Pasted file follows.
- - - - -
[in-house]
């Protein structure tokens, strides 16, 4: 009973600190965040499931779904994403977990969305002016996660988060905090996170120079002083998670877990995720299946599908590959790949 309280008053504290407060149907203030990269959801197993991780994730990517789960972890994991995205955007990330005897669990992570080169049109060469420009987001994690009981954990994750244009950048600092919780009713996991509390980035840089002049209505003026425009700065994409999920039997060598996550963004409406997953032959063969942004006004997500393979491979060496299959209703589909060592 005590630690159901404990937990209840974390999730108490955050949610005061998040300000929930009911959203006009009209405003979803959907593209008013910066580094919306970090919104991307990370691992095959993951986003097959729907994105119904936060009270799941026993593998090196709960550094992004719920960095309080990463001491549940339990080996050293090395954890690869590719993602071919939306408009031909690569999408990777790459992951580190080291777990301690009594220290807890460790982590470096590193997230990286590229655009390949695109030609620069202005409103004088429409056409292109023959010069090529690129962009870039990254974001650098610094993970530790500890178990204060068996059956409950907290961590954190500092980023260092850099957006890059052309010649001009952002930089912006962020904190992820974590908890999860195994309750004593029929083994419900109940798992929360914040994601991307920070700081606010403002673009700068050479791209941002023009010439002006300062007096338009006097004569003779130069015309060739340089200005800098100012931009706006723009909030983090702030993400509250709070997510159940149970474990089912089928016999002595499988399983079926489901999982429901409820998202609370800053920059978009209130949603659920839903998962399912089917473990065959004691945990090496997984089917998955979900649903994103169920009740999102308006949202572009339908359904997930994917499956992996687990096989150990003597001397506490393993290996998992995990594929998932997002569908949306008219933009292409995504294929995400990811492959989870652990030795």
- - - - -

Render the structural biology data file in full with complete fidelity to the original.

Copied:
[in-house]
């Protein structure tokens, strides 16, 4: 009973600190965040499931779904994403977990969305002016996660988060905090996170120079002083998670877990995720299946599908590959790949 309280008053504290407060149907203030990269959801197993991780994730990517789960972890994991995205955007990330005897669990992570080169049109060469420009987001994690009981954990994750244009950048600092919780009713996991509390980035840089002049209505003026425009700065994409999920039997060598996550963004409406997953032959063969942004006004997500393979491979060496299959209703589909060592 005590630690159901404990937990209840974390999730108490955050949610005061998040300000929930009911959203006009009209405003979803959907593209008013910066580094919306970090919104991307990370691992095959993951986003097959729907994105119904936060009270799941026993593998090196709960550094992004719920960095309080990463001491549940339990080996050293090395954890690869590719993602071919939306408009031909690569999408990777790459992951580190080291777990301690009594220290807890460790982590470096590193997230990286590229655009390949695109030609620069202005409103004088429409056409292109023959010069090529690129962009870039990254974001650098610094993970530790500890178990204060068996059956409950907290961590954190500092980023260092850099957006890059052309010649001009952002930089912006962020904190992820974590908890999860195994309750004593029929083994419900109940798992929360914040994601991307920070700081606010403002673009700068050479791209941002023009010439002006300062007096338009006097004569003779130069015309060739340089200005800098100012931009706006723009909030983090702030993400509250709070997510159940149970474990089912089928016999002595499988399983079926489901999982429901409820998202609370800053920059978009209130949603659920839903998962399912089917473990065959004691945990090496997984089917998955979900649903994103169920009740999102308006949202572009339908359904997930994917499956992996687990096989150990003597001397506490393993290996998992995990594929998932997002569908949306008219933009292409995504294929995400990811492959989870652990030795």